Hi, my name is Bianca Castelan and I am the Financial Literacy for Youth and Young Adults Intern for summer 2020 with the UConn Extension Financial Education Program.
At UConn, I am studying Psychological Sciences with a minor in Spanish. During my two years working in the Community Outreach Program Jumpstart I had the opportunity to work with preschool children teaching them topics like science, world cultures, and language. Through my role as a research assistant at the UConn Cognitive Development Lab, I gained experience using a coding software for three different games. These experiences taught me about the development of young children, research methods, and project management. Eventually, I hope to work in human resources. My other interests include running, baking (especially pastries), and video games.
This summer, I am working with my supervisor on a financial game that will teach students and young adults how to manage their money. I hope to gain more experience in project management and to create a fun, educational experience for college and high school students. I am also creating animated videos for the Connecticut Saves social marketing campaign to promote saving among young adults.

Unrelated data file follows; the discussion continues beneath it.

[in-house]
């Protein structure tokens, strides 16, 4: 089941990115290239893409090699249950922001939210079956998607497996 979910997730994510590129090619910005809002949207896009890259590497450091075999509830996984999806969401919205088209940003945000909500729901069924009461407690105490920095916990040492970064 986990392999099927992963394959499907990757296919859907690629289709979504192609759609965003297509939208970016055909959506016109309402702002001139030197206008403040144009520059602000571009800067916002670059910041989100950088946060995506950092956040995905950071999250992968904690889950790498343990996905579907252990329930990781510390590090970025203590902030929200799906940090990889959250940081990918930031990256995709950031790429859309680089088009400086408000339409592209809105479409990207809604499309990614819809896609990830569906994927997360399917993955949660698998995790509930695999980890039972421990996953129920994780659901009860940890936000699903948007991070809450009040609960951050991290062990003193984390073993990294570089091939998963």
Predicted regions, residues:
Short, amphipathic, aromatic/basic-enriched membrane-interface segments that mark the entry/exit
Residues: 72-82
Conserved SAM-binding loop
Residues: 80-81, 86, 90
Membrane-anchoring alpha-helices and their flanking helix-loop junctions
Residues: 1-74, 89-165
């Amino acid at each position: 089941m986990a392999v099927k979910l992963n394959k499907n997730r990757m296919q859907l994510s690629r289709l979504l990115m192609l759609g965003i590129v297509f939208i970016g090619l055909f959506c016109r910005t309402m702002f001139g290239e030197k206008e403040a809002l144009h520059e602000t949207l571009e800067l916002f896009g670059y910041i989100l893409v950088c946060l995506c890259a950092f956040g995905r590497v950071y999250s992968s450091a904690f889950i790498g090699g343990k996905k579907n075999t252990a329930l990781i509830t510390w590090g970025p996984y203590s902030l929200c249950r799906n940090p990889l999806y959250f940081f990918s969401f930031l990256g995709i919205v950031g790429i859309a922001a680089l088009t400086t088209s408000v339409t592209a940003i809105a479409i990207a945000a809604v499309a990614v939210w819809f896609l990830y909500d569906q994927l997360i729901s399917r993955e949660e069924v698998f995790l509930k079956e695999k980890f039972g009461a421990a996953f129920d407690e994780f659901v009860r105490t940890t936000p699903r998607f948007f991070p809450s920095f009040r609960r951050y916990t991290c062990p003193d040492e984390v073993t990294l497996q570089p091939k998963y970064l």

Financial Education Program Helps Participants Improve Their Lives
Managing family and personal finances well is a common challenge. Findings from recent studies show cause for concern regarding Americans’ financial practices. According to the 2018 FINRA Financial Capability Study, nationally:
46% of individuals lack a rainy-day fund,
34% of individuals can answer four or five questions on a basic five-question financial literacy quiz correctly,
35% of individuals with credit cards paid only the minimum on their credit cards during some months in the last year, and
19% of individuals reported that over the past year, their household spent more than their income.
UConn Extension’s financial education program provides workshops, professional development sessions, events, and resources to help Connecticut citizens improve their lives. Participants receive relevant, research-based information and tools to encourage them to adopt sound financial management practices.
“Shortly after I was hired, I conducted a needs assessment. Money management was the topic respondents indicated as most important to address,” says Faye Griffiths-Smith, UConn Extension’s family economics and resource management educator. “Today, there is increased recognition that financial capability has a strong impact on one’s ability to achieve economic stability and move toward financial security.”